Queensland has recorded zero new coronavirus cases overnight, marking 20 days since the state last recorded a case that posed a risk of community transmission.
Five active cases remain across the state.
The state’s testing rate has increased, with more than 6000 tests conducted in past 24 hours.
It comes as the state prepares to reopen its border to NSW local governments areas at 1am on Thursday, including Byron Bay, Ballina, Lismore, Richmond Valley and Glen Innes.
Rapid COVID-19 test could detect virus ‘virtually instantly’
Meanwhile, Queensland scientists who are developing a rapid COVID-19 test, likened to pregnancy testing kits, say the test could eventually be used at home and have a result “virtually instantly”.
The technology, dubbed XavTrap, uses bio-engineering yeast molecules to test for a disease caused by an infection and was originally created to quickly detect viruses such as Dengue in less developed countries.
Head of the Brisbane development company Xing Technologies, Tom Esplin, said the test was being trialled in the US and worked similar to a pregnancy dipstick.
“You don’t pee on it – but you take saliva or nasal fluid and put it on the test strip,” he said.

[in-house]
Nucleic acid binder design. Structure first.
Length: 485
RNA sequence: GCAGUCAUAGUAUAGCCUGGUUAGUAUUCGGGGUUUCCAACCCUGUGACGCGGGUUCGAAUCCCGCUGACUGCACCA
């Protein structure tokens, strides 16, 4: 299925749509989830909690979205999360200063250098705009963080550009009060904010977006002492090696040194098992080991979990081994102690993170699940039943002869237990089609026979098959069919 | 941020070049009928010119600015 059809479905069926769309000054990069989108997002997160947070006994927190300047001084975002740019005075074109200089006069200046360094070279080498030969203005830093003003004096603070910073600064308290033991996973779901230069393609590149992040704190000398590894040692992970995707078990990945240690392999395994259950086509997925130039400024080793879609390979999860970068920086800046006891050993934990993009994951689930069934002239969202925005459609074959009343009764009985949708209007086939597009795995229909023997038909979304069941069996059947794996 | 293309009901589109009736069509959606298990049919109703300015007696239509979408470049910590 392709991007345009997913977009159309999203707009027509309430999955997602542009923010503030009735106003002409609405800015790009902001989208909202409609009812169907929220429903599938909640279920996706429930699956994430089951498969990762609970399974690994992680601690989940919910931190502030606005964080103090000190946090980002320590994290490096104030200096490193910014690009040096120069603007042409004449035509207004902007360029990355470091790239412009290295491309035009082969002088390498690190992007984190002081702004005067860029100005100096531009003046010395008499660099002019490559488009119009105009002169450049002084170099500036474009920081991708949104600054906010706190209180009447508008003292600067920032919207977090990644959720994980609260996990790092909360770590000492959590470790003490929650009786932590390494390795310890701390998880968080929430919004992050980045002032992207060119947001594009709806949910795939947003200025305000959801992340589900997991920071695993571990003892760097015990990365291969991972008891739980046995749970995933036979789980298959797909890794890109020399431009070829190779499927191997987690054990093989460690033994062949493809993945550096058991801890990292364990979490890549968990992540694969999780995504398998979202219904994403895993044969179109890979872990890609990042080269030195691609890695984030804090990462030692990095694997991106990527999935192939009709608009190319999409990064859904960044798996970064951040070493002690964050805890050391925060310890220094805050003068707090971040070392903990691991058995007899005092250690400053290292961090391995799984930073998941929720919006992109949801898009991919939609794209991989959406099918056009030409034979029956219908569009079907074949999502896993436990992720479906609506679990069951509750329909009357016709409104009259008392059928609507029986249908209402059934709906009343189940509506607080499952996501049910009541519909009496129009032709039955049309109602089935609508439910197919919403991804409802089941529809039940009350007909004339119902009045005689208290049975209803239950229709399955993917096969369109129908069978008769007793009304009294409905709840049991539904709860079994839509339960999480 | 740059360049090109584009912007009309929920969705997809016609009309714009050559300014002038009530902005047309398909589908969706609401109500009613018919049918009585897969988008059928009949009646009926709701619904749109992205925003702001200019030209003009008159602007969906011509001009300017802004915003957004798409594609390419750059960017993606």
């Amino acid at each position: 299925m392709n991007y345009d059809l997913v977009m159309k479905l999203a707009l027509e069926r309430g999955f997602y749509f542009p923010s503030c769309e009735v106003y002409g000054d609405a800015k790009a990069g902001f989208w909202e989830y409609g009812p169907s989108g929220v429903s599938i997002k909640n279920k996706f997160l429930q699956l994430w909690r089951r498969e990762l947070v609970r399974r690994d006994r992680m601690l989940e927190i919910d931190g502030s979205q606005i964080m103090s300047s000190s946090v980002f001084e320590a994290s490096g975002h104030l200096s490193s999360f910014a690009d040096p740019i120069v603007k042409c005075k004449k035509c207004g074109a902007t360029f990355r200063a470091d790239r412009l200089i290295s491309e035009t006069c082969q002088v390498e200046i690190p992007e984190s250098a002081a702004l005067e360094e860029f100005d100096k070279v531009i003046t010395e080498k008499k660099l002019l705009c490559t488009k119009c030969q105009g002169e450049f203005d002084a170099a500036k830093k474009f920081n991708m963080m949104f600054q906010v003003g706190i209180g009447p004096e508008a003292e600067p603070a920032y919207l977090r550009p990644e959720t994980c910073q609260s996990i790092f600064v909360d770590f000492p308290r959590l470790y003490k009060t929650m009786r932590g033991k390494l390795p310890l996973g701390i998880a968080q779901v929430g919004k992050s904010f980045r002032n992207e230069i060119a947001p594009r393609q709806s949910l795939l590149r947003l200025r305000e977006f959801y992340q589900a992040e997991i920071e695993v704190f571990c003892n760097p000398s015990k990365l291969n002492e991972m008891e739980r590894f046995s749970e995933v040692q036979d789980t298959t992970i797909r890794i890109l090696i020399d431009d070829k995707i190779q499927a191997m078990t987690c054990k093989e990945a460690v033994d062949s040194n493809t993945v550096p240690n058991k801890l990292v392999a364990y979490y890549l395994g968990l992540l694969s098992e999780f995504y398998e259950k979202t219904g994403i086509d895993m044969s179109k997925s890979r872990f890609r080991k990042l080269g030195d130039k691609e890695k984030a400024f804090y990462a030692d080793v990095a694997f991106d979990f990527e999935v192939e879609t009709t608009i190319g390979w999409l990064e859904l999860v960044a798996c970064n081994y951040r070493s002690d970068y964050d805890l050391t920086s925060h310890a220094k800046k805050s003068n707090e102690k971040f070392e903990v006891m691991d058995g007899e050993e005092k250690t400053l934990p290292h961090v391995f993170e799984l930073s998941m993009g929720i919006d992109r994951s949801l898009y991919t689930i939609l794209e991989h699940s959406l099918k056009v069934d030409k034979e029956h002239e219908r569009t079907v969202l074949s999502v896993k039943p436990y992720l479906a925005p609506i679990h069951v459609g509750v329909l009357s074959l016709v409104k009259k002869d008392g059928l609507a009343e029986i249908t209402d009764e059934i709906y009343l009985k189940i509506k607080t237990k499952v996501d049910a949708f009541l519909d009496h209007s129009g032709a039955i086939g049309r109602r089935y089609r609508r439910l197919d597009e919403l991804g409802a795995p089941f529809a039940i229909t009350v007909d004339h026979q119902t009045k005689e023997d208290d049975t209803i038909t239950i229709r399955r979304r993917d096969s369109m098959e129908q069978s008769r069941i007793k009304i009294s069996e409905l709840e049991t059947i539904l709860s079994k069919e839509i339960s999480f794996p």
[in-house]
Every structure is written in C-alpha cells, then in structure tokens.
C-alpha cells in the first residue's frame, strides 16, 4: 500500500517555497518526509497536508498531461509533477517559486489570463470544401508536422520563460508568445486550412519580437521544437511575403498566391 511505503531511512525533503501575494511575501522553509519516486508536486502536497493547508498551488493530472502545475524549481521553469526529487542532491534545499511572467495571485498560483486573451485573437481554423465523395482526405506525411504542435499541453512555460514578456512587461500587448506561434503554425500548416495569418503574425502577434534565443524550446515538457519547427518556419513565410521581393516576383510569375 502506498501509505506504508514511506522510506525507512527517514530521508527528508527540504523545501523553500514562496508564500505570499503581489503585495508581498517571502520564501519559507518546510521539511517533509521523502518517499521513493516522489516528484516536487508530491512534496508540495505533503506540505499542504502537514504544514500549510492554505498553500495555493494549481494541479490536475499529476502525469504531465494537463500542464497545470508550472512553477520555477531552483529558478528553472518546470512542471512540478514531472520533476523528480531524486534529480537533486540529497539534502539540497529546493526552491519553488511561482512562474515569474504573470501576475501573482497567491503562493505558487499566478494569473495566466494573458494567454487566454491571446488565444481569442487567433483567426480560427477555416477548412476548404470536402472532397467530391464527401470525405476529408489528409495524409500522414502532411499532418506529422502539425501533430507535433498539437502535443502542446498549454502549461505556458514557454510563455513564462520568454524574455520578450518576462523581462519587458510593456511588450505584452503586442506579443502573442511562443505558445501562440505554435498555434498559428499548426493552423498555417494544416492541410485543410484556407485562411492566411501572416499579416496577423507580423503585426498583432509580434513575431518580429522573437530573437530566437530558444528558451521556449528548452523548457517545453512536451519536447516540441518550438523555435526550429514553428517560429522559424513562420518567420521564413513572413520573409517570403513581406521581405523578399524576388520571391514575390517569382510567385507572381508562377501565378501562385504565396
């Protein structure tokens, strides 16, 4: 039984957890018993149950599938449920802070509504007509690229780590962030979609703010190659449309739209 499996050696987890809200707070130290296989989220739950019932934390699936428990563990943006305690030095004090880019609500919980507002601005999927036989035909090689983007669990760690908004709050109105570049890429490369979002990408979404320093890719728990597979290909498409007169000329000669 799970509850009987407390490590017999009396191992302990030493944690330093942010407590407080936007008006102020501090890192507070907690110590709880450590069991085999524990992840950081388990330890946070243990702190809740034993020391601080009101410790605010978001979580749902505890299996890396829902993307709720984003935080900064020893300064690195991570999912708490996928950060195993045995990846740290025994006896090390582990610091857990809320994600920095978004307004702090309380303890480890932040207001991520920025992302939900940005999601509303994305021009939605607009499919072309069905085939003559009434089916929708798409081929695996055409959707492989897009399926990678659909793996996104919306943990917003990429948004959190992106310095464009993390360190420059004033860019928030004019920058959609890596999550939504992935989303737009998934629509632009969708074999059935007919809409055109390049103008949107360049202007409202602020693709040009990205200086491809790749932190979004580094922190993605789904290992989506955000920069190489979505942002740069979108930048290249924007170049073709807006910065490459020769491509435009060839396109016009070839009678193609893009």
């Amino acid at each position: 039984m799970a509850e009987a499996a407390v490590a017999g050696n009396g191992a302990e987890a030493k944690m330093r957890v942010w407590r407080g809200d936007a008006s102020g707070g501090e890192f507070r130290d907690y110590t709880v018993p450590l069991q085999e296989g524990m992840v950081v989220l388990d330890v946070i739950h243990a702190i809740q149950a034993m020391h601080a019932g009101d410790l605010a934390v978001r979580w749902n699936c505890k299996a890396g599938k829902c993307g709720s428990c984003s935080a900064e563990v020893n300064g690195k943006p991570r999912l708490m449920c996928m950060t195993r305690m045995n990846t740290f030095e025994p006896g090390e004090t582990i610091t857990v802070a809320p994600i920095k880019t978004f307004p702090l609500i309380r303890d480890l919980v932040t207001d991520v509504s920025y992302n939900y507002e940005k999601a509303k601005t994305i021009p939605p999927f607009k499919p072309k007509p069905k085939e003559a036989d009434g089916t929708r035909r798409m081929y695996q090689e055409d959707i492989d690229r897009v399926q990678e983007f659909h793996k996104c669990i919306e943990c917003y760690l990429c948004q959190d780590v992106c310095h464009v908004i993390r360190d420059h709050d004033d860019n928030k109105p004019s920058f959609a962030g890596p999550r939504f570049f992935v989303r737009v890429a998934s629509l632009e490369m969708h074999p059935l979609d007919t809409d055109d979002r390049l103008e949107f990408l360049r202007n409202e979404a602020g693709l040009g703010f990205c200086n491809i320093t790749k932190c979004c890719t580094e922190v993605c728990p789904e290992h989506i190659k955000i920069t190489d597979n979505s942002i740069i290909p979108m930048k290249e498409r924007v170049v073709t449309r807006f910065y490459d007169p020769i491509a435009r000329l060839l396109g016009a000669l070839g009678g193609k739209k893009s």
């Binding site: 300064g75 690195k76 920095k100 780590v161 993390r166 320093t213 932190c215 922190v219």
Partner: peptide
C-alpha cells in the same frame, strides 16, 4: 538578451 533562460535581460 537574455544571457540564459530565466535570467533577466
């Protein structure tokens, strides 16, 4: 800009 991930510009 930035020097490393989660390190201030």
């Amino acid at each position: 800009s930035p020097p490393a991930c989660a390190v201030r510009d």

“That will show a visible, ‘yes you’ve got live virus’, or ‘no you don’t’.”
The test can detect the virus in under 10 minutes and would need to be administered by a health professional but researchers expect it could provide a rapid result at home.
“Brilliant scientists are working on a virtually instant test … so we can process a lot of people very quickly,” he said.
“We’ve certainly positioned our development so that it can be a home test you can do yourself and very, very low cost,” Mr Esplin said.
The research has drawn funding from the US government and recently received $1.5 million from a state government grant in a bid to fast-track the technology.
In a statement, Innovation Minister Kate Jones said the company was chosen for the Industry Tech Fund funding from over 2500 applicants.
“This technology has potential to significantly reduce the spread of COVID-19. It could be a real game changer,” she said.
“Even if we manage to overcome COVID-19 within the next year, this technology will lay the all-important groundwork in helping us prepare for future pandemics.”
The company is also investigating whether the technology can be used to design a product like a spray or coating for face masks that would minimise the transmission of COVID-19.
Mr Esplin said it was hoped the tests could be ready for mass production and roll out in the next 12 months.
“We would love to say three months but science is science and we need to give it a bit of space rather than putting pressure on it,” he said.
“We’d like to think we could get the test out very quickly … we can produce these tests at 10 million a month.”